Age is just a number – even after losing a year to a pandemic

Are you worried you're a year behind? Here's why we should combat the idea that success has an age limit, and how to reframe your outlook

I can’t wait to be 80, if I’m lucky enough to reach such a ripe old number. I have an image of myself at that age: stouter, grey-haired, distinctly partial to a G&T. The kind of woman who has banished the anguishes and vanities of youth. A woman who hoots with laughter, embarrasses her grandchildren, and chats to anyone who will spare her a bit of their time. 

I’m far from that woman at the moment, emotionally as well as in terms of years. For one thing, I feel a bit fraught – and fraught is not a word I associate with my imaginary 80-year-old self. I’ve watched each month of this pandemic slipping by with a quiet but fervent panic. There seem to be so many reminders of what I’ve not yet managed to achieve. Lockdown has either disrupted or accelerated normal processes, and it’s hard not to question which side of the equation I fall on. Having been cooped up together for months, many of my friends seem to be getting married, buying houses, and even getting pregnant, while my most immediate concern  – aside from paying rent – is whether the milk’s gone off yet. The toxic combination of social expectation and biological anxiety has started simmering away. More and more people have begun to ask me when I will marry my long-term boyfriend (not anytime soon, is the answer). The questions are usually directed at me, not him – the assumption being that time is my enemy more than his because, as a woman, I have so much more to ‘lose’: looks, fertility, cultural capital.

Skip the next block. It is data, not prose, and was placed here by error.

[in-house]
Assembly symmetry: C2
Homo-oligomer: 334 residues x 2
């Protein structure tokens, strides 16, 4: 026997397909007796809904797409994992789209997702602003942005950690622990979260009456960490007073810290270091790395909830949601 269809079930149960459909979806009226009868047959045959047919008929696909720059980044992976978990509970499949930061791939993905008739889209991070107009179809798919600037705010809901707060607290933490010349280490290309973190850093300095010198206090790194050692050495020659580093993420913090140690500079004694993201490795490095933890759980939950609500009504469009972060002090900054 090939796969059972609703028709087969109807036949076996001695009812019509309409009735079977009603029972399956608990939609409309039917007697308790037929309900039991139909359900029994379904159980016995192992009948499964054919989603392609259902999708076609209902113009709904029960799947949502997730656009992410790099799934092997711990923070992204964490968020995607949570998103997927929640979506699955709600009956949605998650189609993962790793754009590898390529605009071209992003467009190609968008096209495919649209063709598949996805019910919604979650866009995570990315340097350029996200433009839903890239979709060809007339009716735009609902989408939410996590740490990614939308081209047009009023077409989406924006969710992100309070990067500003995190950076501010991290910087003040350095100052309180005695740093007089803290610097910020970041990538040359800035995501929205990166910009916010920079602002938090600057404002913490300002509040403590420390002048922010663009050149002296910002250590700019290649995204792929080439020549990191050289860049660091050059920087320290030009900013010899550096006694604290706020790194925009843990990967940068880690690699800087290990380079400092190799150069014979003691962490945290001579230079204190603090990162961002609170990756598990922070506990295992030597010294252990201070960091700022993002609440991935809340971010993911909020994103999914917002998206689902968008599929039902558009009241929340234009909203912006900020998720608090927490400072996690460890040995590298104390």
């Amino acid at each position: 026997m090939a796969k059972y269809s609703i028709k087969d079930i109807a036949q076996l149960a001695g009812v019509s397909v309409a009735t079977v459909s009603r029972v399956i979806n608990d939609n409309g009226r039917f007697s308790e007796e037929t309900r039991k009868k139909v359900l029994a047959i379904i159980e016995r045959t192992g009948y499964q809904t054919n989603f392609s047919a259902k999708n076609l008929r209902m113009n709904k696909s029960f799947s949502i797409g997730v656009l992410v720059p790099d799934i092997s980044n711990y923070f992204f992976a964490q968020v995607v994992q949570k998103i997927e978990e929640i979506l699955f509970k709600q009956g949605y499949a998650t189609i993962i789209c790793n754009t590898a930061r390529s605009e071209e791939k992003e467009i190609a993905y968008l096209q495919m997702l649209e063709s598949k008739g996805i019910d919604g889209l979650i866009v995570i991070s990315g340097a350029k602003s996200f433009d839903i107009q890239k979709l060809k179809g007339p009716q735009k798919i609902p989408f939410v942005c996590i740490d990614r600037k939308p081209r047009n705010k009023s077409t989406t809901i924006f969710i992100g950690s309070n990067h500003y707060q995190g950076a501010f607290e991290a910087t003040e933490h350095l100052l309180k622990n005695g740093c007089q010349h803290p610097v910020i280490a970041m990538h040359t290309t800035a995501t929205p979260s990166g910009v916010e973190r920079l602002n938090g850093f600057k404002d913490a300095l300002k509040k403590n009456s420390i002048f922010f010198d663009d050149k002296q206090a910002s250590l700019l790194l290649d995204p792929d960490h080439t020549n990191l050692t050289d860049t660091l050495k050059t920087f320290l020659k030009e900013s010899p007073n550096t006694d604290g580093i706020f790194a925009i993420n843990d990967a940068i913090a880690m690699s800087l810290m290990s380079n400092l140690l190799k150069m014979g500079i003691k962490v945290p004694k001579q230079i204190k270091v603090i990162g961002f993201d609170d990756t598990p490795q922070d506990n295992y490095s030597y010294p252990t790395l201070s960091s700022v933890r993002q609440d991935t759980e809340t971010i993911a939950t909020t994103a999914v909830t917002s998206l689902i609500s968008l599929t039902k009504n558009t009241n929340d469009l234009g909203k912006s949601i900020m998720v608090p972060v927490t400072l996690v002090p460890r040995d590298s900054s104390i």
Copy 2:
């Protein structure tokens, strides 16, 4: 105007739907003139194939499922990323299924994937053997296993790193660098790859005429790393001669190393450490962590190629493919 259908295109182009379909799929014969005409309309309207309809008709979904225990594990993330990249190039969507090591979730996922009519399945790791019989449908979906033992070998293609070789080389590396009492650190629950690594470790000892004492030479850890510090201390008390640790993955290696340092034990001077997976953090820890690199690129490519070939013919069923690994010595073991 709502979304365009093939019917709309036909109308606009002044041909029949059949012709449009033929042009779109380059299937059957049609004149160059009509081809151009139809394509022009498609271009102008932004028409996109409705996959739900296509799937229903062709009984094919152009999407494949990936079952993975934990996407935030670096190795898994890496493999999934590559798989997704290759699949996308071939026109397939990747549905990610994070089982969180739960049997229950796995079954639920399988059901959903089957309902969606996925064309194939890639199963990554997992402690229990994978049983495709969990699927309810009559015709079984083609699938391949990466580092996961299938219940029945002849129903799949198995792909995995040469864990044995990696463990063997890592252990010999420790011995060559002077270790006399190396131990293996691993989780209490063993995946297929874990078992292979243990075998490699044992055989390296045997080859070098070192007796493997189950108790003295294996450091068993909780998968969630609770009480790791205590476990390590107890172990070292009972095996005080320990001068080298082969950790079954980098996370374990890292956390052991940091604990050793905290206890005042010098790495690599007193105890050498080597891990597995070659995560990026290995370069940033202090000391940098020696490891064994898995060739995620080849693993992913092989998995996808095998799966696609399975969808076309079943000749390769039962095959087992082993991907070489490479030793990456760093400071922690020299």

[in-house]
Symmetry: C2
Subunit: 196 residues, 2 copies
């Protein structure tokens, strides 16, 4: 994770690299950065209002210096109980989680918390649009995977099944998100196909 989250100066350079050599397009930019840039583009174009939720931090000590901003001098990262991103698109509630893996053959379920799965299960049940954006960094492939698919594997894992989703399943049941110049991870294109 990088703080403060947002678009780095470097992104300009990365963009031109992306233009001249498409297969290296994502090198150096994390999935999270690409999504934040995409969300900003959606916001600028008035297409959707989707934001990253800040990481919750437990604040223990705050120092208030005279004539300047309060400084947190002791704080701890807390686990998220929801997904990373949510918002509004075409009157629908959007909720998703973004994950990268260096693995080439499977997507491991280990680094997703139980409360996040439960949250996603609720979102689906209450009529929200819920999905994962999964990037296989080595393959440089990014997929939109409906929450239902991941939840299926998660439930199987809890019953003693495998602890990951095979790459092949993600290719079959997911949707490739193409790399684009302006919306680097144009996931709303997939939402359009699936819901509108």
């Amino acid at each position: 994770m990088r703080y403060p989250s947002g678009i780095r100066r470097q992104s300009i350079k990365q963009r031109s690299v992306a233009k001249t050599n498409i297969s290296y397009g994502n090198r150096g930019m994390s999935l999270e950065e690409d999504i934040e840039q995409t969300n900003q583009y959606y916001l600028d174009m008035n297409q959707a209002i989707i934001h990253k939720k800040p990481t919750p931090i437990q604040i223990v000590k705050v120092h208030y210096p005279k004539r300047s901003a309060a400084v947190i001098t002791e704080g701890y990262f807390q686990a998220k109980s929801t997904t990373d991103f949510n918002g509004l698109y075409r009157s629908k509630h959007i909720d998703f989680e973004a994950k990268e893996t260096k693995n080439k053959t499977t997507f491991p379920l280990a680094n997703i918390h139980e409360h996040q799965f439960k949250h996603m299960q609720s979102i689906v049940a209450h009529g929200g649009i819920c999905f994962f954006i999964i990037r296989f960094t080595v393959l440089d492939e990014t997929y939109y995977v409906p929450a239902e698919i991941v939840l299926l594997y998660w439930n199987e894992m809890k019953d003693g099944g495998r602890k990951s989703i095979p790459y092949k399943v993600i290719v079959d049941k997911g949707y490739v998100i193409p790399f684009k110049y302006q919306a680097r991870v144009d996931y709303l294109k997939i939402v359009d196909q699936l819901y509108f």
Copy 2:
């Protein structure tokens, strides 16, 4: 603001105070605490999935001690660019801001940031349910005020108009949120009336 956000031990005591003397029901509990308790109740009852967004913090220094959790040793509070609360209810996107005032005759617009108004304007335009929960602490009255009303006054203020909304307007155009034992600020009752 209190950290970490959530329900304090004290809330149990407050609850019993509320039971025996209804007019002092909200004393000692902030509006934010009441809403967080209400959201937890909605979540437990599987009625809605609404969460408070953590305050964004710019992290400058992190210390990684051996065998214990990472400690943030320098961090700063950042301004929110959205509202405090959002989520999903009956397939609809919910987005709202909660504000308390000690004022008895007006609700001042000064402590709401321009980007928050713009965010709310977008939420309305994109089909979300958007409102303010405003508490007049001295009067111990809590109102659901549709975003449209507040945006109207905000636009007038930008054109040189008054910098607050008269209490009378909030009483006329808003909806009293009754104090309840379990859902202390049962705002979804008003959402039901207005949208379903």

When it comes to work, on the other hand, progress has felt hard to measure. Days slip by and slide into one another. Isaac Newton invented calculus and discovered universal gravity when sent home from Cambridge University in 1665 because of bubonic plague; the biggest thing I perfected during the long months of lockdown was an average-to-good Tom Yum soup. When wandering around the local park for what feels like the millionth time, I couldn’t help but wonder: have I simply lost a year of my life to Covid? 

BUT – and it’s a big but – there are other ways of looking at it.

Let’s get one thing straight: the best years of our lives are not behind us. Of course, there will always be things we wish we’d done, experiences we’d gone for, other lives we could have lived. We’re our own harshest critics. But we’re all like that. There’s a sentiment I sometimes sense, creeping into our collective consciousness, that it’s somehow too late – that others are ahead, and that we can’t possibly catch up. But it’s never too late to begin something new. You can always start over. If this pandemic has shown us anything, it’s the hope that a brighter, better future can come when all that stood before is swept away.